FunStuff: Charlottesville events May 3 and beyond


First stop for First Fridays
With its artist studios and monthly receptions, McGuffey Art Center is the headquarters for the local art scene, the place you're going to find some art that you like. Photographers Margo Hamilton and Ron Evans take the main gallery with their archival ink-printed photos (like Hamilton's Swan shown here). Scott Supraner's ceramic reliefs and Blake Hurt's "Lines on Faces" ink-on-canvas, paper, acrylic, and glass works line the lower hall. Upstairs, Jefferson School African-American Cultural Center's Andrea Douglas curated "From Backyard Clotheslines to Museum Walls," with the work of Frank Walker and the late Gerry Mitchell.
May 4, McGuffey Art Center, 5:30-7:30pm, free



Skip Castro at FA5
How far people will drive to see a show tells you a lot about a band, and we've got friends who will drive up from North Carolina to rock out with theSkip Castro Band. Born in late 1977, the band played up and down the East Coast for a decade, and its members– Danny Beirne (piano), Bo Randall (guitar), Corky Schoonover (drums), and Charlie Pastorfield (bass), are local music legends. Skip Castro only reunites a few times a year, so Friday at nTelos Pavilion could be your best bet to kick off a boogie-woogie weekend.
May 4, Fridays After Five, 5:30pm, free



Futuristic city
Chroma Projects calls itself an art laboratory, which may explain why it has some of the more nontraditional art exhibits around. This month, sponsors Circa, Charlottesville Tomorrow, and Preservation Piedmont show the results of their call for conceptual designs from area architects, artists, and activists for ideas of Charlottesville of the future. The show, Paper City, presents visualizations of the Charlottesville Farmers Market, McIntire Botanical Gardens, and the intriguing "Main Street Aerial Gondola Line" by those who have already put their stamp on the area, like former mayor Maurice Cox and prolific downtown renovator Gabe Silverman, and those who undoubtedly will.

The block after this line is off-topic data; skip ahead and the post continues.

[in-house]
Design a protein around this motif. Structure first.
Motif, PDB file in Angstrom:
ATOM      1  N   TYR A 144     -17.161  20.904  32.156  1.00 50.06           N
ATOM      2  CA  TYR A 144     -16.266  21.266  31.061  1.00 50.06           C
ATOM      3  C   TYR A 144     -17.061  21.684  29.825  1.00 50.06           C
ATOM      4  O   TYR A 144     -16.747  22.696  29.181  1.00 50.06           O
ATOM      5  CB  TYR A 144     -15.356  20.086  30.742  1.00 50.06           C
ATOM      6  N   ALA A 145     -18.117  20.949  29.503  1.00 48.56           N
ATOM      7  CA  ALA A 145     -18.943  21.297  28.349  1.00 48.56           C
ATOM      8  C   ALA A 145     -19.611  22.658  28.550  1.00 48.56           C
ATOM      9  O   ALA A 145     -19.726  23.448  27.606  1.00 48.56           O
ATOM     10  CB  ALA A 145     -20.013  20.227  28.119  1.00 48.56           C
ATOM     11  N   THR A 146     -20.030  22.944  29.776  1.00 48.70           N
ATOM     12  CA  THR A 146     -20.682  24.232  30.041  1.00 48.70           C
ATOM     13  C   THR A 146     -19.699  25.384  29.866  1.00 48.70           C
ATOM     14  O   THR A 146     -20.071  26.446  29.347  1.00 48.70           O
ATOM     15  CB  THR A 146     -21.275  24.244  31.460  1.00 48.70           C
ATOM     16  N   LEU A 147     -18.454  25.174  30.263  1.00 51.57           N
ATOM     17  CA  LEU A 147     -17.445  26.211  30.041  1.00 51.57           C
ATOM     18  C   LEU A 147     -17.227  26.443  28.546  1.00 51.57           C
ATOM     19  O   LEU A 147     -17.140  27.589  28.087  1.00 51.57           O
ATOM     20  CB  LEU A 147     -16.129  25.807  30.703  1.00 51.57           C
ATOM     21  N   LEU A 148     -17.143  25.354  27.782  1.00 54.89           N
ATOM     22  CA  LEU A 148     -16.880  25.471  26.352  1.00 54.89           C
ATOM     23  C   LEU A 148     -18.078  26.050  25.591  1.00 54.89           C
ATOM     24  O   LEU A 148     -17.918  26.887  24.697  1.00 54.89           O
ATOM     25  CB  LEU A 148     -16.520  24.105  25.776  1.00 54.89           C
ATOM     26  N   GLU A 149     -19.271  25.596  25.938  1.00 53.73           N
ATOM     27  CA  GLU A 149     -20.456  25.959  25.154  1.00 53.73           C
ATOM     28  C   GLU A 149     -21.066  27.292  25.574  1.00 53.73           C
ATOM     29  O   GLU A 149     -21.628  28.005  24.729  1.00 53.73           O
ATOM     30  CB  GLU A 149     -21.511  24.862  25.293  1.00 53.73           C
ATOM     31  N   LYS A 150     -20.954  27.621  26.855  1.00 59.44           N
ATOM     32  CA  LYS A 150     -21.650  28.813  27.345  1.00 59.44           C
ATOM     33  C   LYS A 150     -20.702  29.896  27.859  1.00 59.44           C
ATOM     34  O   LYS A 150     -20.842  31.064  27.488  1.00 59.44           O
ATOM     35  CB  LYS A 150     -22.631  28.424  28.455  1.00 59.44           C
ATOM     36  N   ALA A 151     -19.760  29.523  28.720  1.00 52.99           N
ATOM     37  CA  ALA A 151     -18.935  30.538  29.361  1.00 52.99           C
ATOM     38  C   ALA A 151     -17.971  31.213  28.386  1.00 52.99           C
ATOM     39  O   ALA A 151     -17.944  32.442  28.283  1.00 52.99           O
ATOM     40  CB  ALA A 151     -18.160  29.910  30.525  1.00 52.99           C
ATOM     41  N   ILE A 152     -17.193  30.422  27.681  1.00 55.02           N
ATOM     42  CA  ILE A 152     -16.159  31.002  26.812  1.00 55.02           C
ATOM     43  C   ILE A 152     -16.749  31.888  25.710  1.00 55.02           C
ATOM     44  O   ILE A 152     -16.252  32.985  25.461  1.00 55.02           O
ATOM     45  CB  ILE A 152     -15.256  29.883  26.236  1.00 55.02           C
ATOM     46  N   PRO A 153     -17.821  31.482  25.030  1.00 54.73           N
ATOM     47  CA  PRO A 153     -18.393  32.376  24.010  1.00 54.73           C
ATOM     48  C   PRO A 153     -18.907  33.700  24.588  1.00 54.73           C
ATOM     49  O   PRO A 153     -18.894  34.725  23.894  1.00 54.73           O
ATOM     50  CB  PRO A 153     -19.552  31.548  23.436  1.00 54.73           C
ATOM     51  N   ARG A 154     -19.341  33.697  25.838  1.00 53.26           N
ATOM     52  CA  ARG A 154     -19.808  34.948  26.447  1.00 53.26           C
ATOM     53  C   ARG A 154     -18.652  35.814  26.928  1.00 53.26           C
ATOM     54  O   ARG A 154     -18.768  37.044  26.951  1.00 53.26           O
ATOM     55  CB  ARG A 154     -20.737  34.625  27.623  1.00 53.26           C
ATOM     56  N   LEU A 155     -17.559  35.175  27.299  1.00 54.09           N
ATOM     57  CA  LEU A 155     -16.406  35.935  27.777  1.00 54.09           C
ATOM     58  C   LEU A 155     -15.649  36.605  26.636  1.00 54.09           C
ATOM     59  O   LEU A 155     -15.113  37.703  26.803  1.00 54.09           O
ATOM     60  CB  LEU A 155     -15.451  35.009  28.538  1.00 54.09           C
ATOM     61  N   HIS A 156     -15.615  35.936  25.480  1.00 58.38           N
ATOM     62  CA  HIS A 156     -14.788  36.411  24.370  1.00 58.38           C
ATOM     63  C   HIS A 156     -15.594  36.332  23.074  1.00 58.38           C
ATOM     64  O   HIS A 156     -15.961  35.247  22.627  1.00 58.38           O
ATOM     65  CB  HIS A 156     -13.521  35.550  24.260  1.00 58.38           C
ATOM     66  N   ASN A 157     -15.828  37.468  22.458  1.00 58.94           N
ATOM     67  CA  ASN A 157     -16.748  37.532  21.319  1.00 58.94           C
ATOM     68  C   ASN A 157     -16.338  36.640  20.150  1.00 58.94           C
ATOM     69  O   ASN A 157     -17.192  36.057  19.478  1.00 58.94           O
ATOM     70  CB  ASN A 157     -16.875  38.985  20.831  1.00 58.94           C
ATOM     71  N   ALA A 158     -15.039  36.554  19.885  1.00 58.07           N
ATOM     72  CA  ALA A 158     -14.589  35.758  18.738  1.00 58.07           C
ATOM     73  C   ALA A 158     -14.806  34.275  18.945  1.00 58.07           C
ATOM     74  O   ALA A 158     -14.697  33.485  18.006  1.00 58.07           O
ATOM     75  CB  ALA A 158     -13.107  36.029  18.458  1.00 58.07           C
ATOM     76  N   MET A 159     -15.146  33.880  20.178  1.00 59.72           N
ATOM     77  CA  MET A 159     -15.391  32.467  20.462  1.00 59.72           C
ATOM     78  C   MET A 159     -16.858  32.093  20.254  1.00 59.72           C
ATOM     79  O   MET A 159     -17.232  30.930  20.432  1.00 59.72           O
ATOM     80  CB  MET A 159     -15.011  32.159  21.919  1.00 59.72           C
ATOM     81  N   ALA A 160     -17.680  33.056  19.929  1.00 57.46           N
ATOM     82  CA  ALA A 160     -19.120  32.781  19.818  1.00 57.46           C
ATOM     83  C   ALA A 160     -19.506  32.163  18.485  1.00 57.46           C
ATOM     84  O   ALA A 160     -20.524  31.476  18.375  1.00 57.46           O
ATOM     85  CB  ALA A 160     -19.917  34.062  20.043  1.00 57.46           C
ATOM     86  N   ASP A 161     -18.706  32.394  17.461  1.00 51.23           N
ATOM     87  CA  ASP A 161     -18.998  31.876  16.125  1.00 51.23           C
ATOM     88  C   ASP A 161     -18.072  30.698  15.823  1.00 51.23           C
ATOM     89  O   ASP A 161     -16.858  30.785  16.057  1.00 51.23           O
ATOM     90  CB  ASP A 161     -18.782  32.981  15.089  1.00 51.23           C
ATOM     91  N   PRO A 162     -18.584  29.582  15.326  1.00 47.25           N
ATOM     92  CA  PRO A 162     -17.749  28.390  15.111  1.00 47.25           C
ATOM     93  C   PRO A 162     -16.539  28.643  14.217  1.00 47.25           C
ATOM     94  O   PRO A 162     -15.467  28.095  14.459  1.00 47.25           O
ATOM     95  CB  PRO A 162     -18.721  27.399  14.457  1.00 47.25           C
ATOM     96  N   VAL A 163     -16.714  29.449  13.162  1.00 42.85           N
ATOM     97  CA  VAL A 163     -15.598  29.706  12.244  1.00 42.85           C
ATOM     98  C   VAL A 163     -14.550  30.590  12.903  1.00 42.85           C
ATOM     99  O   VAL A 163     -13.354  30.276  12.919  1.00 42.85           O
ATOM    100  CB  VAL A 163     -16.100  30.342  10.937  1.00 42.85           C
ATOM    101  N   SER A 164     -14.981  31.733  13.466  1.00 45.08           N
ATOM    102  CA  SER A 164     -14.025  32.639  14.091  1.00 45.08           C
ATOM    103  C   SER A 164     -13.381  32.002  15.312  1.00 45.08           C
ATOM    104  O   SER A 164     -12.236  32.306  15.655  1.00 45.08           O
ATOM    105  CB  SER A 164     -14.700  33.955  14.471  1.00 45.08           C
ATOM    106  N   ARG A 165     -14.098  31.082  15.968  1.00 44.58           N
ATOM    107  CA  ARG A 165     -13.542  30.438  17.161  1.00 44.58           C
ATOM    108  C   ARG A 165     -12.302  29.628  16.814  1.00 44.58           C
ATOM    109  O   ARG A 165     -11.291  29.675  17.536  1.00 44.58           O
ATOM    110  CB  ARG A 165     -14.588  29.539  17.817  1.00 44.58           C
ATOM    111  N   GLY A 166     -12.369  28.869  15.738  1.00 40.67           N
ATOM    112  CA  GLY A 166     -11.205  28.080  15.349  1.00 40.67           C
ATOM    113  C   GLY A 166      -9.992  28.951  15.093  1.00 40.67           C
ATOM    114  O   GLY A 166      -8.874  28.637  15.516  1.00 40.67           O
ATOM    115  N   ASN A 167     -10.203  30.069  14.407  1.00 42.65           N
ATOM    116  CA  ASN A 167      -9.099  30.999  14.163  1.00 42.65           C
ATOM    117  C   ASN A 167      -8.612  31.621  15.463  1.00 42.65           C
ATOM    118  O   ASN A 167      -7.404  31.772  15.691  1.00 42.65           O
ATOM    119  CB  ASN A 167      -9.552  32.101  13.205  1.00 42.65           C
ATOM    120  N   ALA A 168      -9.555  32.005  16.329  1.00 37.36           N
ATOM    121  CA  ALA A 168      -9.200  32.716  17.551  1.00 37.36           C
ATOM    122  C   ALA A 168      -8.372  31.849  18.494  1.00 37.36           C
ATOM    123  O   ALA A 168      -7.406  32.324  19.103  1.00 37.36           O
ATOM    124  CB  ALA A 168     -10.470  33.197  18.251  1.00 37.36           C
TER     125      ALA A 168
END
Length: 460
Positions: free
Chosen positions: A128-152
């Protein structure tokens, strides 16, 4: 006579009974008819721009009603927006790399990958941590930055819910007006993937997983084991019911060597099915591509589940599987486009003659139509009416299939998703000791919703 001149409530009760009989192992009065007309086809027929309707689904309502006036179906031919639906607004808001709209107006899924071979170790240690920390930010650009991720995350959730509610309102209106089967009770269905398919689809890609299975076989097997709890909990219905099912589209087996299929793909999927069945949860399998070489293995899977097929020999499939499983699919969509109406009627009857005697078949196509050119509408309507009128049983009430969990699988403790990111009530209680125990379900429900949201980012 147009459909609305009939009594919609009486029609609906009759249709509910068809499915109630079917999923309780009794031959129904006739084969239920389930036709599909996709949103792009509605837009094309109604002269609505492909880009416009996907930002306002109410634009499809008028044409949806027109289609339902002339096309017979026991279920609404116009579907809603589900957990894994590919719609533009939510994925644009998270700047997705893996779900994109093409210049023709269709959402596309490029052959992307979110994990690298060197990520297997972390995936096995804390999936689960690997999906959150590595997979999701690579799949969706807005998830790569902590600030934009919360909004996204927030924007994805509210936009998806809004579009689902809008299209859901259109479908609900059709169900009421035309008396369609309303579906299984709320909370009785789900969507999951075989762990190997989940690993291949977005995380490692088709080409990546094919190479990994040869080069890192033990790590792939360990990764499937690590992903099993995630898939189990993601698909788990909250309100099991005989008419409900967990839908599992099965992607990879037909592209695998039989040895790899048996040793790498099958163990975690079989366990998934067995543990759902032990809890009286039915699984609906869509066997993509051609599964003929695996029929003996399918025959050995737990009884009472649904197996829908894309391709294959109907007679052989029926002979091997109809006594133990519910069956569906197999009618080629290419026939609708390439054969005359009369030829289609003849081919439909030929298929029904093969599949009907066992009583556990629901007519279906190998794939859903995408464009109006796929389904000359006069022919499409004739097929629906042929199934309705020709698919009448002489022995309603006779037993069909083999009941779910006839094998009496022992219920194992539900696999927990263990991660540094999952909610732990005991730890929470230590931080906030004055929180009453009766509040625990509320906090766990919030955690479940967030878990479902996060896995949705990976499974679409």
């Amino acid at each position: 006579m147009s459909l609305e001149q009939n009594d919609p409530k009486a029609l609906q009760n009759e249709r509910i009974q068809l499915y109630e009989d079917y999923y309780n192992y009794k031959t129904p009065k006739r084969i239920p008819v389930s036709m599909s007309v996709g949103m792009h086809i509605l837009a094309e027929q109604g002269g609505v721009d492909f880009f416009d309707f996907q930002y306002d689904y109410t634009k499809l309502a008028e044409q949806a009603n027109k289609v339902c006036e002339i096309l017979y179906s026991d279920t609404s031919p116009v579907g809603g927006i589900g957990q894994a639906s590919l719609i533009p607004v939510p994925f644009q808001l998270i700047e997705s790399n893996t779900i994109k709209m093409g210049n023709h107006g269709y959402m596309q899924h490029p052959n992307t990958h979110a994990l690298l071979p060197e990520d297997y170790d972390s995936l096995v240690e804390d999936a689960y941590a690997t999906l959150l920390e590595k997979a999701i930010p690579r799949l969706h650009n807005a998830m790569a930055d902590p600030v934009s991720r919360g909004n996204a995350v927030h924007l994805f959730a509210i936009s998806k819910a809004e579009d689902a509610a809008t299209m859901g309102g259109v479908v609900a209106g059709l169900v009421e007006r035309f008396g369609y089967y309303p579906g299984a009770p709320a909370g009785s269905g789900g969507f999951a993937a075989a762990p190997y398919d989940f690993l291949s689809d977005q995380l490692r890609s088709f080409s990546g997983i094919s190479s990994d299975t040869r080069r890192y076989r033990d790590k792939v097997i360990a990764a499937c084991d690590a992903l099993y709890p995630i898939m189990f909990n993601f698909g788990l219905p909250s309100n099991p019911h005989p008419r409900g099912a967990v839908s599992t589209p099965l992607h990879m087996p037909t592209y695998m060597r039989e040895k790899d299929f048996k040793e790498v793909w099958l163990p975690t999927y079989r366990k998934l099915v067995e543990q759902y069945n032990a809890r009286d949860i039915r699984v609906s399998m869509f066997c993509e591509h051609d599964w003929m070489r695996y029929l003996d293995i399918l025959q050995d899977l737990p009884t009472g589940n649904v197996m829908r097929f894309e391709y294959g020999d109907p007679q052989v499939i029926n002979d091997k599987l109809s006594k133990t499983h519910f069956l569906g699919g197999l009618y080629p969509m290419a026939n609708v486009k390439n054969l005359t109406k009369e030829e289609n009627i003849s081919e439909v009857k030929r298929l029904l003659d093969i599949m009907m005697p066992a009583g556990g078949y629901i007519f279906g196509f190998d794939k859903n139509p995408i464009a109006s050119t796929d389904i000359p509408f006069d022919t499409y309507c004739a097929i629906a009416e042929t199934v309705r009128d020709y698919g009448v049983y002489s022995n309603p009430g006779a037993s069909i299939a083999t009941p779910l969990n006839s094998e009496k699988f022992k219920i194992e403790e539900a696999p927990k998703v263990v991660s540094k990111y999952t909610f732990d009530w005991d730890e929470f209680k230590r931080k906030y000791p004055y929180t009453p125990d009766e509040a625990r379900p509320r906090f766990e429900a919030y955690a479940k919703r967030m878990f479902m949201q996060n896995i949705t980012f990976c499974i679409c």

May 4, Chroma Projects, 6-8pm, free



Heirloom plant sale
Let's say you're looking for Moon and Stars watermelon or Long Island Cheese pumpkin or even, Virginia Sweet tomatoes. Where ya gonna go? How about the Local Food Hub's annualTaste of the Farm plant sale and open house down at Dave Matthews' Maple Hill Farm just this side of Scottsville, where the organic/heirloom plants run from $3 to $7. While you're down there (you'll see the sign on the left2.5 miles past Green Mountain Country Store), make it a day. There's a farmers market, food from Feast, and enough going on that the kids won't be bored: Blue Ridge Music Together, art projects with City Schoolyard Garden, and a fun photo booth hosted by Lucy O Photography. Picnicking is encouraged.